• New Jersey Supreme Court Orders Redraft of RPC 7.1 to Address Super Lawyer/Best Lawyers Issues
  • March 27, 2009
  • Law Firm: Hinshaw & Culbertson LLP - Chicago Office
  • In re Opinion 39 of the Committee on Attorney Advertising, 197 N.J. 66, 961 A.2d 722 (2008)

    Brief Summary
    In light of the issues surrounding advertisements of the designations “Super Lawyer” and “Best Lawyers in America,” the New Jersey Supreme Court has called for a redraft of the attorney advertising rule, which will balance First Amendment concerns with the policies underlying RPC 7.1.

    Complete Summary
    In 2006, the New Jersey Supreme Court Committee on Attorney Advertising opined in Opinion 39 that using the designations “Super Lawyer” or “Best Lawyers in America” violated New Jersey Rule of Professional Conduct (“RPC”) 7.1. The Committee specifically decided that these designations violated either the prohibition on comparative advertising in RPC 7.1(a)(3) or the prohibition on creating an unjustified expectation about results in RPC 7.1(a)(2).

    The companies that publish the “Super Lawyer” and “Best Lawyers in America” lists, among others, petitioned the New Jersey Supreme Court to review Opinion 39. The court granted the petitions and remanded the matter to a Special Master for the purpose of developing an evidentiary record of relevant facts and legal issues. The court then vacated Opinion 39 because, unlike the Special Master’s report, it did not contain a carefully nuanced analysis of First Amendment issues. The court held that the plain language of RPC 7.1 contributed to Opinion 39’s shortcomings and decided that a review of this language was best performed in the context of the court’s administrative function rather than its adjudicatory function. The court called for the review to take into consideration the Special Master’s report.

    The Special Master’s Report’s carefully nuanced analysis essentially involved three steps. First, the Special Master set out the test for assessing the constitutionality of regulations of commercial speech: such speech may not be prohibited if it is merely potentially misleading, and potentially misleading speech may only be regulated to the extent necessary to prevent deception.

    Second, the report analyzed case law aimed at differentiating between advertisements that are potentially misleading and those that are not. While advertising the existence of a certification is not per se misleading, it could be misleading if such certifications are issued indiscriminately. The Special Master also interpreted a New Jersey Supreme Court case, In re Felmeister & Issac, 104 N.J. 515 (1986), to allow advertising that is predominantly informational. The Special Master elaborated that such information should help the consumer select an attorney by pertaining to the performance or quality of an attorney.

    Finally, the report compared RPC 7.1 to similar laws from other jurisdictions. Based on other states’ decisions, the Special Master recommended 12 regulatory components with which the court could modify or interpret New Jersey’s RPC 7.1. Paraphrasing the report, these components are:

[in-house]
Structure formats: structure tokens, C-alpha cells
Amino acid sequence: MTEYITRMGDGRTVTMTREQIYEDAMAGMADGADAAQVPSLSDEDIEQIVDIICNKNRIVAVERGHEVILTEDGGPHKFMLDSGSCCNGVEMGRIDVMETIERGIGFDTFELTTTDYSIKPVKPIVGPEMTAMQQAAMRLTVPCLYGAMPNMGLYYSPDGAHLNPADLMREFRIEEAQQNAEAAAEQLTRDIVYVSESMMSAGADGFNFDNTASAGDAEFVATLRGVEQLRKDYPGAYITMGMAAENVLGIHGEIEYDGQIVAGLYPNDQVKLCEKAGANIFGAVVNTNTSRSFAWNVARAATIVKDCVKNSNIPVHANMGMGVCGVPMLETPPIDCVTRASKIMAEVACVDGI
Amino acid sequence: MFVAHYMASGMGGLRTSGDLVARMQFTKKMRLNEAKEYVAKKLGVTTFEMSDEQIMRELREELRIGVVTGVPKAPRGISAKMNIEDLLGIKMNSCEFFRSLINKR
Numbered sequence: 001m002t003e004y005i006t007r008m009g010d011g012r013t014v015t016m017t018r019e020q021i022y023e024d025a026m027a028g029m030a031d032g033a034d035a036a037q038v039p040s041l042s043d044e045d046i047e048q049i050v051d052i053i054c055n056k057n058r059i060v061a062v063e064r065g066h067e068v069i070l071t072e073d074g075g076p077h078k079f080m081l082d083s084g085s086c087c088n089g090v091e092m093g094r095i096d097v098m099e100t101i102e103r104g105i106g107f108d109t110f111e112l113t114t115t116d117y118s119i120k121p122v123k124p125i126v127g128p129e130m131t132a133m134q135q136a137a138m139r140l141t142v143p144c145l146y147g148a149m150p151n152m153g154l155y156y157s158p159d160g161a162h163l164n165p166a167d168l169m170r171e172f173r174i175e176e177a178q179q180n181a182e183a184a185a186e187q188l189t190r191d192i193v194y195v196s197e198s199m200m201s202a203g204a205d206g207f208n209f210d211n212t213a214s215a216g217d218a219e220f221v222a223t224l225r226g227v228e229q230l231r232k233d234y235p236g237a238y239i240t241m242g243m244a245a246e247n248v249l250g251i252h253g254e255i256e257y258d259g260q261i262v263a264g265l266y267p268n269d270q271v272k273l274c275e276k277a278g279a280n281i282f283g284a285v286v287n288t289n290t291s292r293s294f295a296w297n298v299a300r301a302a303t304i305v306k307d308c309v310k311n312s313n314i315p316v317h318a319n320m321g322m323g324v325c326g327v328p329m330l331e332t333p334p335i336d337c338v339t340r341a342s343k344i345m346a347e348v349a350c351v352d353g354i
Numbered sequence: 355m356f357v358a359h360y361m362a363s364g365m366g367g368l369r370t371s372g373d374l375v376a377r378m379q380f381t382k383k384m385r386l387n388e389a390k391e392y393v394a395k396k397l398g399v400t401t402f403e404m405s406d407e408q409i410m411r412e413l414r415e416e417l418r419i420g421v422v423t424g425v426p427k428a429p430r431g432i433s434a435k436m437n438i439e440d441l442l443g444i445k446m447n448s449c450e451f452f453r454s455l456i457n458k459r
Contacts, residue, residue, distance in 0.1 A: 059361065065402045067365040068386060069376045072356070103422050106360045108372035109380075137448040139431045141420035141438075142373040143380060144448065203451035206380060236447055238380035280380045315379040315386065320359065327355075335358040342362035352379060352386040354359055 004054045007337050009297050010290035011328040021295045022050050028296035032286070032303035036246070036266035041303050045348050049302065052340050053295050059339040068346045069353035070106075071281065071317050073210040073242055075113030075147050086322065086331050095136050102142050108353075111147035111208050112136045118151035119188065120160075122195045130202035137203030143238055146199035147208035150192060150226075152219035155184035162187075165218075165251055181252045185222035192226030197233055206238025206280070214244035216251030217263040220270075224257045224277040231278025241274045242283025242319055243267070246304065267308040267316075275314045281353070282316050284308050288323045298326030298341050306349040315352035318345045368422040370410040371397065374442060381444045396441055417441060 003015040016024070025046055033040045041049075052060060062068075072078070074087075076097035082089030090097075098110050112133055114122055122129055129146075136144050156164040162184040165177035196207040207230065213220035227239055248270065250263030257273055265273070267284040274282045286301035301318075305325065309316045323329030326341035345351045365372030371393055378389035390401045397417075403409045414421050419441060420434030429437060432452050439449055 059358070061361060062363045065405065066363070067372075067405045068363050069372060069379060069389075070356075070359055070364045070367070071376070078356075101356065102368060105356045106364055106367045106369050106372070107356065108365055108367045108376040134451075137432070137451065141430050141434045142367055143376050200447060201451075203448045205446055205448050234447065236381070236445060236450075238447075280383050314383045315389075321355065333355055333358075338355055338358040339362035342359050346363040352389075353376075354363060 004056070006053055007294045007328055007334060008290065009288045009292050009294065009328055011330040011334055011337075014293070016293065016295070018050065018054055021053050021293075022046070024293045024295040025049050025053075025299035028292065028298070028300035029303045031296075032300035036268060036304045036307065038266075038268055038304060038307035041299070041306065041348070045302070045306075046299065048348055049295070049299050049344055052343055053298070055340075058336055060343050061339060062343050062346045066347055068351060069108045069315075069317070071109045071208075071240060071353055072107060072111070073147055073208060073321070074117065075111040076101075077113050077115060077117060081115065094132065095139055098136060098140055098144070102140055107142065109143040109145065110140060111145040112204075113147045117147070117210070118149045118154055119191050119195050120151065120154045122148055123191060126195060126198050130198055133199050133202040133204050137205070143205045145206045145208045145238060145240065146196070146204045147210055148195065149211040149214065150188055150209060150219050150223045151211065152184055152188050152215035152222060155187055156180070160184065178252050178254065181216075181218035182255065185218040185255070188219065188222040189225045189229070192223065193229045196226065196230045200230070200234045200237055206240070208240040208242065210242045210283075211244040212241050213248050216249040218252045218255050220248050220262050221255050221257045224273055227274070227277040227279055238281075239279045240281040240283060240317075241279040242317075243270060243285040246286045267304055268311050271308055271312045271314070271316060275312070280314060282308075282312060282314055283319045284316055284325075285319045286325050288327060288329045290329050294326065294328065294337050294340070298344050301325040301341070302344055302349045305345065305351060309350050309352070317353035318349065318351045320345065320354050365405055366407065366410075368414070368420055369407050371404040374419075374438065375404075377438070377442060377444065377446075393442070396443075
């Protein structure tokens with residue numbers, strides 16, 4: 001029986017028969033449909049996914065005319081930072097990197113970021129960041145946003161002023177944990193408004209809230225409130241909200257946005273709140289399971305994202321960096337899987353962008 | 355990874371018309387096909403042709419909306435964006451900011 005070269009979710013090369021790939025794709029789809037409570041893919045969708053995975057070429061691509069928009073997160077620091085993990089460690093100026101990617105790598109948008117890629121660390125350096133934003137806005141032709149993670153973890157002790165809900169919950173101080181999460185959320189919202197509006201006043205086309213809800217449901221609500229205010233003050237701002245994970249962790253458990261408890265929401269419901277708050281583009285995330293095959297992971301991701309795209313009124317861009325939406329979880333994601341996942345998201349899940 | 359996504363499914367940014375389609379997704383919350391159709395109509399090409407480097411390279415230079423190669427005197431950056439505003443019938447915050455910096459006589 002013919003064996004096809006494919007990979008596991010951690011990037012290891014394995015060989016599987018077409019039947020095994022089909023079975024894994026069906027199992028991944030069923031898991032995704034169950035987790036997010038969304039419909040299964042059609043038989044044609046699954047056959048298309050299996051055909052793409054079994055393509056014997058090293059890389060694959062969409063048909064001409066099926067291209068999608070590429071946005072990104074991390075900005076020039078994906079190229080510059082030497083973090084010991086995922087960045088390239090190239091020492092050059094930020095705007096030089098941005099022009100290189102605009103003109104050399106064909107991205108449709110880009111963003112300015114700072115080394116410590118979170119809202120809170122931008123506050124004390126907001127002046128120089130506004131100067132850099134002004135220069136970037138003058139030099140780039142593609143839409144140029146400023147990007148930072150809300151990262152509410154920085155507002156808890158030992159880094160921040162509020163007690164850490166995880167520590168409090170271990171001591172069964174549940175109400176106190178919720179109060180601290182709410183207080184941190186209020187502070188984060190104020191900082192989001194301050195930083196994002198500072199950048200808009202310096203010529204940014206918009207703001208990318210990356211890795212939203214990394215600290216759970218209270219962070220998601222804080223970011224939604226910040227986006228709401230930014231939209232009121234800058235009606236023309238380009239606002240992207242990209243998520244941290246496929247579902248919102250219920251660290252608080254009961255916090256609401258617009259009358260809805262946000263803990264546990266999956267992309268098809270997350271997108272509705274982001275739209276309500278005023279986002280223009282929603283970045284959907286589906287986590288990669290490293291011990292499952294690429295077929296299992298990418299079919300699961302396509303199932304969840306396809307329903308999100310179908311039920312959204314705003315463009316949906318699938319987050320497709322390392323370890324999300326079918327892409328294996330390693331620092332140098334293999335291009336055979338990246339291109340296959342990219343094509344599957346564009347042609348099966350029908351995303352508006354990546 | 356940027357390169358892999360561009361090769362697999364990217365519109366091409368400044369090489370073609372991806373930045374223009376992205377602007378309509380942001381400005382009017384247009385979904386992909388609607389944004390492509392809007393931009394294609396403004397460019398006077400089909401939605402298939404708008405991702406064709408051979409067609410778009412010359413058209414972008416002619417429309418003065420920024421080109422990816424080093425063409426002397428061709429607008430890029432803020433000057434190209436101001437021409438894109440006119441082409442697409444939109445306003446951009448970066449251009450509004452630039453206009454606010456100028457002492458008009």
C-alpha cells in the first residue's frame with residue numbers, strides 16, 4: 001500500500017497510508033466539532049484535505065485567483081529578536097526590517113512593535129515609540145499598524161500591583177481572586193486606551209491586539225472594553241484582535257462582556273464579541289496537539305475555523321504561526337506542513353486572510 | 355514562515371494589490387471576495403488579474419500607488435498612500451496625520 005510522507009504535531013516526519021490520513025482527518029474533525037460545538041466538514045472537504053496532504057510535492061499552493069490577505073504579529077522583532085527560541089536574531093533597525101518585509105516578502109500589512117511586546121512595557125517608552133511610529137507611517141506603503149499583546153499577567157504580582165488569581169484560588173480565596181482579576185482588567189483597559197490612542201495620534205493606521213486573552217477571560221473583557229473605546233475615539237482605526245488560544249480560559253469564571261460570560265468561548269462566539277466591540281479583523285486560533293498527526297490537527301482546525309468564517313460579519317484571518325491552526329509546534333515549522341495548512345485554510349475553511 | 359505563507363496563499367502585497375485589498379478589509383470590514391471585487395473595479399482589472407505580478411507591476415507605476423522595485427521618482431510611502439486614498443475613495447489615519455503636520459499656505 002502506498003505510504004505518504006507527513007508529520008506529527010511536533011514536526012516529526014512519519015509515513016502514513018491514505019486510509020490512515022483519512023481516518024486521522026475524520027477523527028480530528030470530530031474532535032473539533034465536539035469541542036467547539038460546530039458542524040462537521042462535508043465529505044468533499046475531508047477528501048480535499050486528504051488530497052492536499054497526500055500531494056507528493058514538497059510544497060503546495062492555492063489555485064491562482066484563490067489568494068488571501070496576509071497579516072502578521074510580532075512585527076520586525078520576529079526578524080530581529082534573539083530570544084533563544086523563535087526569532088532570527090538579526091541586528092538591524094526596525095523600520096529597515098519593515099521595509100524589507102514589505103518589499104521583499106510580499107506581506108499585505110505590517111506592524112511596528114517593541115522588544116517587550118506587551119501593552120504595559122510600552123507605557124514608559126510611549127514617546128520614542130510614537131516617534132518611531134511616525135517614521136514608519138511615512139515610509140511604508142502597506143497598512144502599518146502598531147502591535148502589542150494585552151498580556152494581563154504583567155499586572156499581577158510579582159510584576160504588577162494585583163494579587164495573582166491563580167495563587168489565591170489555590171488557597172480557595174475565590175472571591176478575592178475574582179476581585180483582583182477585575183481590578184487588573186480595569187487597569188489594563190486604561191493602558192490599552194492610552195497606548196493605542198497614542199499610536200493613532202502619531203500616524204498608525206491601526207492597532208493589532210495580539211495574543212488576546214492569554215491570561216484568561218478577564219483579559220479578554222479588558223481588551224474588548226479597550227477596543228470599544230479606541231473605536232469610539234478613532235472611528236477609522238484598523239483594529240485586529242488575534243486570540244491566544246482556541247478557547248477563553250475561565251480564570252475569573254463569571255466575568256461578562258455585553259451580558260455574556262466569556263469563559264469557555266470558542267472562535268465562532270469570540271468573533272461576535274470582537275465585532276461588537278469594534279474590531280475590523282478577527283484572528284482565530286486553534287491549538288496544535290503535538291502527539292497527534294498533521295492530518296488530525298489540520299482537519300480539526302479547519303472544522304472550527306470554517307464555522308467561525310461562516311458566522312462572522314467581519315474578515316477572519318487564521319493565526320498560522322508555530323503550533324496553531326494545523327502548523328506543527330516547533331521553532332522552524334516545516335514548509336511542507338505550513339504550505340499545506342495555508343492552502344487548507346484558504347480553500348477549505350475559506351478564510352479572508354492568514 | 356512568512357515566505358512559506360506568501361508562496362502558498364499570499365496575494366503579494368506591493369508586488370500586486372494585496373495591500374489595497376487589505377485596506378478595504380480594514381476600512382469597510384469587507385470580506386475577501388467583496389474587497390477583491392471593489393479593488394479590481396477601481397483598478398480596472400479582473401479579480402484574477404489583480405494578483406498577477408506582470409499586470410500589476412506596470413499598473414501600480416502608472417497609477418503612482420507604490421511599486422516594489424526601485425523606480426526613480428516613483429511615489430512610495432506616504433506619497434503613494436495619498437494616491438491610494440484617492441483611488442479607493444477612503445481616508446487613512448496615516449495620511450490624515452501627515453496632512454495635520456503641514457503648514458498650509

• The advertising must be true.
    • The advertisement must state the year of inclusion and the specialty for which the lawyer was listed.
    • The basic methodology utilized for compiling the listing must be disclosed in the advertisement.
    • The methodology must involve inquiry into the lawyer’s qualifications.
    • The rating or certification cannot be conditioned on remuneration.
    • Superlatives must not be used to describe an attorney but may be used in the title of a list.
    • Claims that a list contains a comparatively better subgroup of lawyers are misleading and should be prohibited.
    • The methodology must include guidelines for usage embodying these requirements.
    • The advertisement must not impute an individual’s credential to an entire firm.
    • The certification methodology must be open to all members of the Bar.
    • A peer-review methodology must include consistently applied standards of inclusion.
    • The advertisement must note that such designations are not recognized by the Supreme Court of New Jersey or the ABA.

    Based on the Special Master’s report and recommendations, the New Jersey Supreme Court vacated Opinion 39 and referred RPC 7.1(a)(2) and (3) to the Advisory Committee on Attorney Advertising, the Advisory Committee on Professional Ethics, and the Professional Responsibility Rules Committee for redrafting.

    Significance of Opinion
    The court’s decision to take a more nuanced approach to attorney advertising rules follows the lead of several other jurisdictions. But to the extent the new rule invokes all 12 regulatory components recommended by the Special Master, New Jersey’s new rule may become the most nuanced advertising rule.